Rainwater Harvesting: The Guide

Rainwater Tank

The practice of collecting rainwater for later use isn’t a recent thing. It is, in fact, an ancient practice. Why it’s still practiced in numerous places to this day has to do with the fact that, compared to mains water, rain is free and clean.

But in order to gain the most benefits from the use of rain, it’s important that it’s properly collected. That said, it’s not enough to just place a barrel under part of the roof where water flows down hardest (although it works to collect water to be used for one or two chores). The first thing you need to do is to be aware of these basic components:

  • Catchment area: From the name itself, this component refers to part of the rainwater collection system that catches each drop of rain. This is usually the roof of your home.
  • Conveyance system: This moves water from catchment area to storage container. A good example is a downspout network.
  • Storage system: Keeps rain clean and safe so it can be used in the future. For a large property, the best option is a number of rain water tanks connected together.
  • Distribution system: This component distributes water stored in the tank to parts of the home where they need to be used. The pump is the most common option.

You should then answer the following questions:

1. What do you need rainwater for?

Do you want to practice rainwater harvesting because you love the idea of not using a lot of water in the garden? Or do you want to build your own home system because your toilet uses so much water each flush and you do not know the exact unit to replace it with? The answer to this question determines how your setup should be.

2. Which uses of rainwater are allowed in your place?

There are places that do not allow rainwater harvesting at all. There also are places that allow the use of collected rainwater for toilet / urinal flushing and outdoor irrigation only. That said, it makes a lot of sense to check the laws of your locality even before you think of the appropriate materials for your rainwater collection system.

3. How much rainwater does your household need in a certain period?

Recall how you will be using the collected rainwater. Next, make a daily and weekly estimate of the number of times you and members of your household do the tasks the collected rainwater will be used for. Those information alone should allow you to determine the right tank size.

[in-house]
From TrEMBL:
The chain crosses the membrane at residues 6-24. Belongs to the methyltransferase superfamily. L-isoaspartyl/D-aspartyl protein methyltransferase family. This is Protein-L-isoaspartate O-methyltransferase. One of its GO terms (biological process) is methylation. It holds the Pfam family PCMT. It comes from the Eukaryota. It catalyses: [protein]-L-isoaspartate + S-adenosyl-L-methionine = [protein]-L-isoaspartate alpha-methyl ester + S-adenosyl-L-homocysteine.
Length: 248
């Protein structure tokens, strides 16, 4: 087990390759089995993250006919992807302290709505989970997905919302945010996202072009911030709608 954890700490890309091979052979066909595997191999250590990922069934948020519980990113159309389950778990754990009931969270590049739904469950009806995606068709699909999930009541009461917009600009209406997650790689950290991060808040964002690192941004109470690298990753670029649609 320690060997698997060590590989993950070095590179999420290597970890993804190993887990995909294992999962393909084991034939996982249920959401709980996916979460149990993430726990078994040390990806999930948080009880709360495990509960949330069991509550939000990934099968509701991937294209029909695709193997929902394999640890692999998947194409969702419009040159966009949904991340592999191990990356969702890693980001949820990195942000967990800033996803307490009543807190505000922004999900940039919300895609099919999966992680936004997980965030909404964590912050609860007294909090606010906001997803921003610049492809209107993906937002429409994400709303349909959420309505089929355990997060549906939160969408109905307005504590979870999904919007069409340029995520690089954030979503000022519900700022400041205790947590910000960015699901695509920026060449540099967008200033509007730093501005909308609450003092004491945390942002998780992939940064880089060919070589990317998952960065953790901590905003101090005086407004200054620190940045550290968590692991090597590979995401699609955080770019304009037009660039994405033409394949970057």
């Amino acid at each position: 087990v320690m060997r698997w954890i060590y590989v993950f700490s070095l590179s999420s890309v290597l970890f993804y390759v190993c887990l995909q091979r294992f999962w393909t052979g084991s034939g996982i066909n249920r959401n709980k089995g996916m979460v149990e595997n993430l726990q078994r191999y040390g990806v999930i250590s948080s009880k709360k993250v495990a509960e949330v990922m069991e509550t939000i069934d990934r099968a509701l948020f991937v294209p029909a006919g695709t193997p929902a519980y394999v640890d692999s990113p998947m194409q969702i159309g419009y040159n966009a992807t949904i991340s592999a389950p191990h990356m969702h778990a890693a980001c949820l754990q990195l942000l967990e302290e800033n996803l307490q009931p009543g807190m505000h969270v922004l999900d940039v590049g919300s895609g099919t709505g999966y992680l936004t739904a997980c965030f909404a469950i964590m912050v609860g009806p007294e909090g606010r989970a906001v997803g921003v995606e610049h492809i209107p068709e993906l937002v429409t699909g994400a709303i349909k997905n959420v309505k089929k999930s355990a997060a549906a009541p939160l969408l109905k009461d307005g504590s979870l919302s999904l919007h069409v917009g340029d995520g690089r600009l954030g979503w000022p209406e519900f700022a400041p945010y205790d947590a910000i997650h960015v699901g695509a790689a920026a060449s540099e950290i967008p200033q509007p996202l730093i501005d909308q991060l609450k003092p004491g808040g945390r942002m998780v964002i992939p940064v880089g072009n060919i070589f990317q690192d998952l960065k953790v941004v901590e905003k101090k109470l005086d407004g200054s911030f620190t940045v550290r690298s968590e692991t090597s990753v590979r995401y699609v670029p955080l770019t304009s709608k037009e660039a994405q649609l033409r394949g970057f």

Once all questions have been answered, you should then proceed with building your system. Here are the things to keep in mind:

Catchment Area

Not all roofing materials are suitable for rainwater harvesting. For this type of system, the best roofing material would be steel. A few porous materials like concrete tiles, clay tiles, and wood shingles, are also suitable for this type of system, although they will soak up some rainwater that falls on them.

Many roofing materials that are not mentioned above may contain contaminants like heavy metals, which are harmful to your health.

Downspouts / Eavestroughs

Fully benefiting from the catchment area also means equipping your home with correctly sloped and sized gutters and the right number of downspouts. Otherwise, much of the water that falls might end up overflowing, especially during heavy rains.


When it comes to the tank to purchase, you have two options. The first is the poly tank. Poly tanks are lightweight, but durable. The second is a metal tank. Metal tanks are very durable. These also are heavier than poly tanks, hence making them great for windy places.

Rainwater Conveyance Piping

A conveyance network includes all the plumbing that will take rain from rooftop to storage tank and those which will distribute stored rain to all end-use points.

Protective Measures

A properly-designed system should include an overflow pipe, which protects against damage associated with the tank overflowing during heavy rains. When setting up the system, it’s important to aim the overflow pipe away from foundations and other structures.

Homeowners should also protect their systems from freezing. One of the ways to do this is by setting up below-ground parts  well below frost line. Another is to completely drain seasonal systems when the end of the season they’re intended for comes.

Backflow prevention devices are another type of protective measure. Useful in plumbing systems where rain conveyance piping can be interconnected with the potable water piping of the household, they ensure that any water that isn’t potable does not end up flowing backwards into your potable water system.

Filtration and Treatment Components

Roof debris like leaf litter as well as local air pollution can contaminate the rain that falls from the sky. To prevent contaminated rainwater from getting into the storage tank, add pre-filtration devices, which remove any contaminants that might be or have settled on the roof,  to the conveyance system.

Some examples of pre-filtration devices you can set up include downspout filters, first-flush devices, and gutter guards.

Post-storage Treatment

Some type of disinfection or filtration treatment can help to further reduce potential health risks when it’s time to use the collected rainwater.

A rainwater harvesting system can cost quite much. Fortunately, you can get back all the money you invested for the system in the form of monthly savings associated with the use of rainwater in place of mains water for certain chores.

Taylah Montez has a green thumb and is a garden lover, foodie, as well as a positive thinker.

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